By Rabbi Benyamin Vineburg

Chaplain Resident, Michigan Medicine

It’s 12:52AM, I have become accustom to being awake at this hour – ever since the world became so much less predictable and suddenly – quiet. For over two weeks, Coronavirus has reaped havoc on our communities, showing no bias to class gender, or economic status. Our daily routines have been shattered, we’ve been confined to our homes and uncertainty grows like the stubble on the working man’s face – who has nowhere to go, and nothing to shave for.

Continuing the shaving analogy, I contemplate the Jewish prohibition of shaving or taking a haircut when one is in mourning for the loss of a close relative. Additionally, the house of mourning becomes a place of solitude; an island of its own among the presumed normalcy of the outside world. Mourners are expected to cover their mirrors, worrying less about vanity; sit on low chairs as a sign of discomfort and refrain from normal and enjoyable activities that symbolize a normal existence. For seven days the mourners are consoled by visitors and community members – sympathizing with the for the mourner’s loss but also reaffirming the personal and communal celebration and commitment to life – and all its seasons.

We, dear friends, are in mourning. We have been confined to our own personal islands, disoriented by the loss of both spiritual and physical life as we knew it and humbled by the lack of control we were so certain we possessed. So what then? You may ask. What are we mourning? When do visitors come to comfort us? And better yet, when will this all be over?

While I do not possess definitive answers to these questions, my heart leads me to believe that truth and healing lie within the details. Let me explain. Our Sages mandated a set time for mourning with the innate understanding that people needed to escape the distractions of the world in order to create time for memorial, reflection and introspection. Mourners are thus forced to realize that life has changed and will no longer be the same. We can learn from this too. By focusing on the newness and difference that now dictates life without a ‘loved one’, we allow ourselves to prioritize and memorialize the old and then bravely step – now more mature and clearheaded- into the new.

Loss of a loved one, in our present pandemic, means something different for all of us. Whether we have physically lost someone to this disease or have otherwise felt the comfort of time and routine so harshly taken from us – the pain and loss can feel the same and is thus equally devastating. So, here we sit, low to the ground, waiting for comfort to arrive and hopefully with the traditional cake or deli tray… but not quite, not this time.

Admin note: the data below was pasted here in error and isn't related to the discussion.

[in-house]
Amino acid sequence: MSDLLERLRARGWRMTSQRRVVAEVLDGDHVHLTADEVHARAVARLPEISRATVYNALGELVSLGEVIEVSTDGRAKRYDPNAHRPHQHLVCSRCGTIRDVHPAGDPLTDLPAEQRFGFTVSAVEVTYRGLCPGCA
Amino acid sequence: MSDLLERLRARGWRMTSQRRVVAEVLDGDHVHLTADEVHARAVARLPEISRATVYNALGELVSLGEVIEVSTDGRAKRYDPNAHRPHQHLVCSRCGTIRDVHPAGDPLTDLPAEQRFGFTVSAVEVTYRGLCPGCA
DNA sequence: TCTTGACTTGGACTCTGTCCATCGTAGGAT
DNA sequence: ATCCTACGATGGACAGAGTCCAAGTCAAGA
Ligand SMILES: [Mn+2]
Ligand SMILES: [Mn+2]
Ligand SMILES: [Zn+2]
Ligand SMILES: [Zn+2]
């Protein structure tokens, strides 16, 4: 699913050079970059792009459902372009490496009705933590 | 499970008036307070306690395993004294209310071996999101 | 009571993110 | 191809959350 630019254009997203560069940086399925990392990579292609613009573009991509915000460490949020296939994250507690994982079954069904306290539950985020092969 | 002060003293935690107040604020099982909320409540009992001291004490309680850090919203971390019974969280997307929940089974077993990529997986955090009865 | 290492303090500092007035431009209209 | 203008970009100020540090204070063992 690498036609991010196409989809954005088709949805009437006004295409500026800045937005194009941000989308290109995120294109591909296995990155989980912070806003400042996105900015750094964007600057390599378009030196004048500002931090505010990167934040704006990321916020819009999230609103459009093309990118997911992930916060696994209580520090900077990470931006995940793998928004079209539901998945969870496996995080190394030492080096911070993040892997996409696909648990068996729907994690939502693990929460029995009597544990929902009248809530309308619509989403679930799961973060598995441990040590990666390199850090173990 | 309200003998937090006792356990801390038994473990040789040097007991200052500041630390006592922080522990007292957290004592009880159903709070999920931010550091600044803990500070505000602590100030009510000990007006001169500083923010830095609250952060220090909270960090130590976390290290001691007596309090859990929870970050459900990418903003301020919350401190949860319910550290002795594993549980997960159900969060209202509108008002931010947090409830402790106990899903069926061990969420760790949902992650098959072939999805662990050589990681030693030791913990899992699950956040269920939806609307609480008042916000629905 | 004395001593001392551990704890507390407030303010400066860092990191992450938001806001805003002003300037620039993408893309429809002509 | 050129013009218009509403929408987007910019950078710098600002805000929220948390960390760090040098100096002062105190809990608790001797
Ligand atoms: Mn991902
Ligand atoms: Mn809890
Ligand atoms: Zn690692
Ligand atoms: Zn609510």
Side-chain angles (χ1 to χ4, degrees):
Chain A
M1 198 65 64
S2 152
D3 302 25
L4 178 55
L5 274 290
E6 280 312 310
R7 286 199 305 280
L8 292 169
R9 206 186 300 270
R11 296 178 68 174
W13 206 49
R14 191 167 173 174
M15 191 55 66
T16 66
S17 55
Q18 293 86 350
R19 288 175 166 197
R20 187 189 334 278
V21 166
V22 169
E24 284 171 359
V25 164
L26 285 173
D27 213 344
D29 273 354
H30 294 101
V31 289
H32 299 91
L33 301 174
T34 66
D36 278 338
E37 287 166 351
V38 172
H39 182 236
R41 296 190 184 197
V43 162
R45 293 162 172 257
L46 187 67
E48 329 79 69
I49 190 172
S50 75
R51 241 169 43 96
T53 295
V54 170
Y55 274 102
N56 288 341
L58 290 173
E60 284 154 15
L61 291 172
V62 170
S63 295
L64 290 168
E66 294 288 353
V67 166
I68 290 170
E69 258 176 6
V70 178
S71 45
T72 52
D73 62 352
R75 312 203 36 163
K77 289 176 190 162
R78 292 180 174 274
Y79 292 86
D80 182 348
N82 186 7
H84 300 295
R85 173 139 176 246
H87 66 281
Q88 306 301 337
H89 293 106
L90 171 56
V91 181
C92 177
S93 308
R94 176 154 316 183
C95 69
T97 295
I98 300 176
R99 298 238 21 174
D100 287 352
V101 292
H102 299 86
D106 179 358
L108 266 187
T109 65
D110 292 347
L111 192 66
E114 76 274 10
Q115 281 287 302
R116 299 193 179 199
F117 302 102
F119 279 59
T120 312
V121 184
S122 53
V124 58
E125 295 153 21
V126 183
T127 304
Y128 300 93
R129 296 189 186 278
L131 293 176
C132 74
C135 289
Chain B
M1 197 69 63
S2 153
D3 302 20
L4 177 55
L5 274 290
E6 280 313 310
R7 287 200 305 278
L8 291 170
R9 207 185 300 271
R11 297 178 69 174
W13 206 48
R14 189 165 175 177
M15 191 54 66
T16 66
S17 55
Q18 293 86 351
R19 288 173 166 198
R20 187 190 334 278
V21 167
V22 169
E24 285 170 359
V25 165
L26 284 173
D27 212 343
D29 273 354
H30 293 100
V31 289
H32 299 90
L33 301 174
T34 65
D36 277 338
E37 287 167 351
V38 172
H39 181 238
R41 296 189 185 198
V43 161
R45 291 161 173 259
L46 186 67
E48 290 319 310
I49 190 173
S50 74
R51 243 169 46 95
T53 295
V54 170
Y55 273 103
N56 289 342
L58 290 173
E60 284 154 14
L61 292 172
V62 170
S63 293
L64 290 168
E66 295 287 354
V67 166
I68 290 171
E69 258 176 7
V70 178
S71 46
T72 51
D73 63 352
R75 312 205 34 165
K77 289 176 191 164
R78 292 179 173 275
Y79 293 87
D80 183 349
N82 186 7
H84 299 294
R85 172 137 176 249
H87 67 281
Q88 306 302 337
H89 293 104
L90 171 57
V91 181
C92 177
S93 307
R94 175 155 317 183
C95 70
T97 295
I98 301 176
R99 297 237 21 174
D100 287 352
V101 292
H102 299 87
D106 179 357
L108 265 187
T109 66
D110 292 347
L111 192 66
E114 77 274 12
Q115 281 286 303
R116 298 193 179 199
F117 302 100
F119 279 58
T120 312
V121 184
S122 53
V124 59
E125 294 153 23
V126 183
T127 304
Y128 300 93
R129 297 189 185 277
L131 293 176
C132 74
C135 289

As we sit here during our analogous seven-day period of mourning, we need to ask ourselves, what have we lost? What do we regret? What or whom do we wish we could have had more time ‘with’ and how much would we give for just a little more time? For some of us that takes the shape of wishing for more time with family or loved ones. Better attention to employees or co-workers. More dedication to personal values or causes. Or less distraction by our social media sites or stock portfolios. Once we know what we have lost, only then can we again commit to properly living life.

In living life, I implore you to choose a meaningful path that encompasses a power greater than yourselves and to embrace an ethical existence that encourages positivity and love – rather than the complacency that binds us to fear and hate. Tell the people you love how much they mean to you, do acts of kindness and charity for strangers, give more and expect less – embrace the power of “we” instead of the loneliness of “me.”

History will judge us not for what happened to us but how we reacted because of it. We have the capacity to create strength from our suffering and a garden from our tears. All we have to do is own it and access it and its growth potential. It’s a time to grow and a time to act.

So go now, my friends, the hour is late, the seventh day’s sun is going down into night. What lies in store for you and all of us – tomorrow?

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